A binding agreement for the sale of standing timber in law is the conveyance of an interest in land. Havens v. Pearson, 334 Pa. 570, 6 A.2d 84, 122 A.L.R. 512. But there is error in the holding of the court in this case that 'By the agreement of May 20, 1952 the Potters became the owners of the equitable estate and title to the specific interest in this real estate as therein contained.' This conclusion was right on the principle of Butler County Com'rs Petition, 141 Pa. Super. 597, 15 A.2d 504, as to the eight adult Vought heirs who entered into the agreement. And they therefore were proper parties in interest in the present proceeding before the lower court. But although a court may authorize a parent as natural guardian to convey a minor's interest in real estate under the Act of April 18, 1949, P.L. 512, §§ 1001, 1002, 20 P.S. §§ 320.1001, 320.1002, a mother without such order, has no authority by reason

[ 175 Pa. Super. Page 180]

    of her natural guardianship to sell an interest in land owned by her minor child. Cf. Brill v. Brill, 282 Pa. 276, 127 A. 840. For want of approval of the first petition of Grace Vought for the sale of her minor children's interest no equitable or other estate vested in the Potters for the minors' interests in the timber under the agreement of May 20, 1952.

The opinion of the lower court states: 'At the time of entering the formal order this court did not fully understand and realize that the [Fayette Company's] offer of fifty-four hundred dollars for the Harry Vought one-ninth interest in the tract was not identical with the Potter offer on the basis of twenty-four thousand for the timber.' If it was not brought to the attention of the court that the offer of the Fayette Company contemplated a conveyance of the surface in addition to the timber, that in itself was good reason in law for the court's action in revoking its decree authorizing the sale. In re Huff's Estate, supra. Under the circumstances approval of the offer because of a misapprehension as to its scope obviously called for equitable relief. The Fayette Company was not a bona fide purchaser without notice of the prior equitable transfer of title to the timber by the adult Vought heirs in the agreement with the Potter Company. Moreover the increased consideration to be paid for an interest in the minors' land as well as the timber, cannot convict the lower court of error in making the order. What is in the best interests of minor children is not always determined by the amount of money involved. A decision on that question involves a consideration of the interests of others affected, as well as all other circumstances. We may take it that $24,000 is the actual value of the timber referred to in the sales agreement of May 20, 1952 for the Fayette Company had put that valuation on it. The Fayette Company well might have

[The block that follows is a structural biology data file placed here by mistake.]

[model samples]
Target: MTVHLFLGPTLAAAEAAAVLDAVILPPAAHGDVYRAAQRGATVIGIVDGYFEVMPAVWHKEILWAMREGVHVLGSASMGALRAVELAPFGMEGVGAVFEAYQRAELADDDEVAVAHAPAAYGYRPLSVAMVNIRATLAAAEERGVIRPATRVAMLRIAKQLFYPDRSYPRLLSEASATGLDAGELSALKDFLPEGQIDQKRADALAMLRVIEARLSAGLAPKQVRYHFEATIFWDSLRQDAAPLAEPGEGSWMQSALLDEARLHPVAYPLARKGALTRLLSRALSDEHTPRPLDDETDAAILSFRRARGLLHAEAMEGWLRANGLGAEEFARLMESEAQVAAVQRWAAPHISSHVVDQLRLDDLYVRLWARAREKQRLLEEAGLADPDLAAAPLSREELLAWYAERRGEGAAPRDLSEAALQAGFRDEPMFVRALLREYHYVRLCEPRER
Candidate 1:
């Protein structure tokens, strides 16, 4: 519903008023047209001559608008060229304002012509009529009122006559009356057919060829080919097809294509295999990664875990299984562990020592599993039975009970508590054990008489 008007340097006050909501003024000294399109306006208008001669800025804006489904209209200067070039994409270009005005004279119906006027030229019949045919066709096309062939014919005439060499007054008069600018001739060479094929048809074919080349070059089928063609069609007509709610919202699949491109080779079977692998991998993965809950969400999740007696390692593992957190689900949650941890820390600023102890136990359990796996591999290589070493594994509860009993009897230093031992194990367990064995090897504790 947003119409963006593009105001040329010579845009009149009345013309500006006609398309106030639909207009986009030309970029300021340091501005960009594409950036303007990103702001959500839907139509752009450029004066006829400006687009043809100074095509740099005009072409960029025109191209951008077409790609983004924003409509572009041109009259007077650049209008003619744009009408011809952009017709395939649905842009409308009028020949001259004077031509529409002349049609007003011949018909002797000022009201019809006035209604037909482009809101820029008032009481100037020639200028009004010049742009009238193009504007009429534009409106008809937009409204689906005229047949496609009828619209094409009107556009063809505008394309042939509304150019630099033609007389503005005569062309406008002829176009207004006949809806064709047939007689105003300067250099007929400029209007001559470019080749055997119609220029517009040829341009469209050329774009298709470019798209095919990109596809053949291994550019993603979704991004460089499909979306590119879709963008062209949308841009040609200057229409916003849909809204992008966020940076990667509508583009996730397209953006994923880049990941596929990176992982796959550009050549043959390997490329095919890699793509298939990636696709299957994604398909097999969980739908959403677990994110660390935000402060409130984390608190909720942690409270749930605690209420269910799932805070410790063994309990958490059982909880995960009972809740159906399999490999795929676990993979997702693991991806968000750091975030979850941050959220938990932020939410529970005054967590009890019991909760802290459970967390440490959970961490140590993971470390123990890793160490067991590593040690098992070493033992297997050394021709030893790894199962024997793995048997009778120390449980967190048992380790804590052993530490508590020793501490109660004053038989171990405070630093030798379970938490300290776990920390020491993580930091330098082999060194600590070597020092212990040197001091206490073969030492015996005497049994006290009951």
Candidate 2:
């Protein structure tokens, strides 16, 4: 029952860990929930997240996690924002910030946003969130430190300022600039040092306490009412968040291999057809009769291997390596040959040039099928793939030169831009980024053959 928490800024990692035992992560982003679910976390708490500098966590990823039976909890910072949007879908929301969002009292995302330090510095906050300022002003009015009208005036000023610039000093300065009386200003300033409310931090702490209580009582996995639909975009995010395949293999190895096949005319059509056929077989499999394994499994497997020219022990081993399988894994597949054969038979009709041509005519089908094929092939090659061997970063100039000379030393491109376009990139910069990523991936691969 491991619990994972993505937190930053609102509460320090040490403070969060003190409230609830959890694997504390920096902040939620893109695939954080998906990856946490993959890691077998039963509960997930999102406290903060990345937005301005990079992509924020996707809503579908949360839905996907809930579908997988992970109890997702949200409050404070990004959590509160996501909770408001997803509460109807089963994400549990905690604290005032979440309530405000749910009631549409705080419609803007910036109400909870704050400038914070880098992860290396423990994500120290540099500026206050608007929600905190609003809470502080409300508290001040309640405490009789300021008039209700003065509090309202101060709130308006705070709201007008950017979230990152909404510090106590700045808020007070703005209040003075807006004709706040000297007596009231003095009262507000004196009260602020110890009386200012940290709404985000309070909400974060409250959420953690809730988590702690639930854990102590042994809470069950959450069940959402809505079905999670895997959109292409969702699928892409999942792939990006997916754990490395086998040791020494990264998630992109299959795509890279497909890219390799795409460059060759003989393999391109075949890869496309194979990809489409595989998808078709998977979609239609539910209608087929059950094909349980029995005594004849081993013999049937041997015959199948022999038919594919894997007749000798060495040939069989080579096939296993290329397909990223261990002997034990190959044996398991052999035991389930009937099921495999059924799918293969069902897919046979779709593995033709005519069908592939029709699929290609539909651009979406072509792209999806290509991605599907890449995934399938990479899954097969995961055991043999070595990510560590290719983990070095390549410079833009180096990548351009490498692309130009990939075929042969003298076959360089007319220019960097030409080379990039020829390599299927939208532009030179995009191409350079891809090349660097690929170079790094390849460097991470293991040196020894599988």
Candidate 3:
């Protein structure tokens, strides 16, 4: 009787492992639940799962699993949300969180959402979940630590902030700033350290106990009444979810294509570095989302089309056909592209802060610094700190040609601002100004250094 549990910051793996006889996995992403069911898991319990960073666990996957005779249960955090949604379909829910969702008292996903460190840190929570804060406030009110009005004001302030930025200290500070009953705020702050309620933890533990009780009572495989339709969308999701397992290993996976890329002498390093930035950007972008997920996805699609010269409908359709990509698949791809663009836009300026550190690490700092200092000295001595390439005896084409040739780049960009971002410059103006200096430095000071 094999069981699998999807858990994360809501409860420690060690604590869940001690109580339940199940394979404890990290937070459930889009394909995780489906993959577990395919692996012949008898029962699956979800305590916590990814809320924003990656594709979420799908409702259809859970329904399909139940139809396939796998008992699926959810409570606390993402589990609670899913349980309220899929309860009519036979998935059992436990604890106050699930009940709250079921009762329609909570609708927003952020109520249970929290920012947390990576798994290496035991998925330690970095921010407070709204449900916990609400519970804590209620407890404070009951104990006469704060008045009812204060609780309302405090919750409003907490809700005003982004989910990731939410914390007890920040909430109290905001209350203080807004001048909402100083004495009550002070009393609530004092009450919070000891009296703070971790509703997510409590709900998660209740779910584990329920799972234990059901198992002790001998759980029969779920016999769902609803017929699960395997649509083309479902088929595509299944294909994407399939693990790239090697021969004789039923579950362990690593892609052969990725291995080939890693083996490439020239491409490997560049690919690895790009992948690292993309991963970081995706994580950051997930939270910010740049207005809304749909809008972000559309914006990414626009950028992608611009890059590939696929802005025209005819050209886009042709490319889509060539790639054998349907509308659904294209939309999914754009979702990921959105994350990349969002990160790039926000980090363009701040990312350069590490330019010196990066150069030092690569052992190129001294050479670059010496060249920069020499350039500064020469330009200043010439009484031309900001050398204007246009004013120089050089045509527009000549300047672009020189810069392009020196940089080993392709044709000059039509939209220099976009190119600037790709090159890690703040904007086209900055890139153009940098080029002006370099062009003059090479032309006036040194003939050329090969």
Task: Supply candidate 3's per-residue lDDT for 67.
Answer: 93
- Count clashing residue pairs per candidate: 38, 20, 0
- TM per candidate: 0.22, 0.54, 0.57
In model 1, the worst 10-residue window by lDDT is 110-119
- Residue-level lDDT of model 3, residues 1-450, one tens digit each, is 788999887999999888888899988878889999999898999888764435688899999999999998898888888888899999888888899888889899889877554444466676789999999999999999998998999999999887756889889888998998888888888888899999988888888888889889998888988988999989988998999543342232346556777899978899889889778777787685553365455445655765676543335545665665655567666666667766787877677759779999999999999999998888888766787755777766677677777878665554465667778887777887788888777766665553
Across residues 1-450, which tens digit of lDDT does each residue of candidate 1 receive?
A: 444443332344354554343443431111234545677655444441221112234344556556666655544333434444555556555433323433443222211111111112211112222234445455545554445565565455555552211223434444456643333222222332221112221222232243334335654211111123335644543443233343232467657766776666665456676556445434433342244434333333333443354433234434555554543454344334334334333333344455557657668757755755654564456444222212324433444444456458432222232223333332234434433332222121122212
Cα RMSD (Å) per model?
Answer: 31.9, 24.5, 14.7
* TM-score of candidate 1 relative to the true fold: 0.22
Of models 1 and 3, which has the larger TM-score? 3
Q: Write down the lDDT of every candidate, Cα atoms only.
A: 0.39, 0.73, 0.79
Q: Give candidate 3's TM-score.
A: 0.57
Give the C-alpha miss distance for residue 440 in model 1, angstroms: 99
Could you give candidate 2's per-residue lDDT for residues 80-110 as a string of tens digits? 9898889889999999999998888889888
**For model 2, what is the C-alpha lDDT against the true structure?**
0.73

[ 175 Pa. Super. Page 181]

    made a higher bid for the minors' interests in the subject matter of the Potters' contract, to wit: the timber on the Vought land, but did not. It would have been most inequitable to compel the Voughts to protect the value of their timber by defending a partition of their farm in a proceeding based upon the conveyance of the minors' interest by the deed to the Fayette Company which has been set aside. The adult Vought heirs were legally bound by their sales contract of May 20, 1952, to deliver their interest in the timber to the Potters. The effect of the approval of the petition for the sale of the minors' interests in the land including the timber was to stand in the way of a total sale of the timber to any one except on terms agreed to by the Fayette Company. As a device aimed at accomplishing that result the offer which the court in the first instance approved amounted to fraud in law which clearly justified the decree which is the subject of this appeal.

Decree affirmed at the costs of appellants.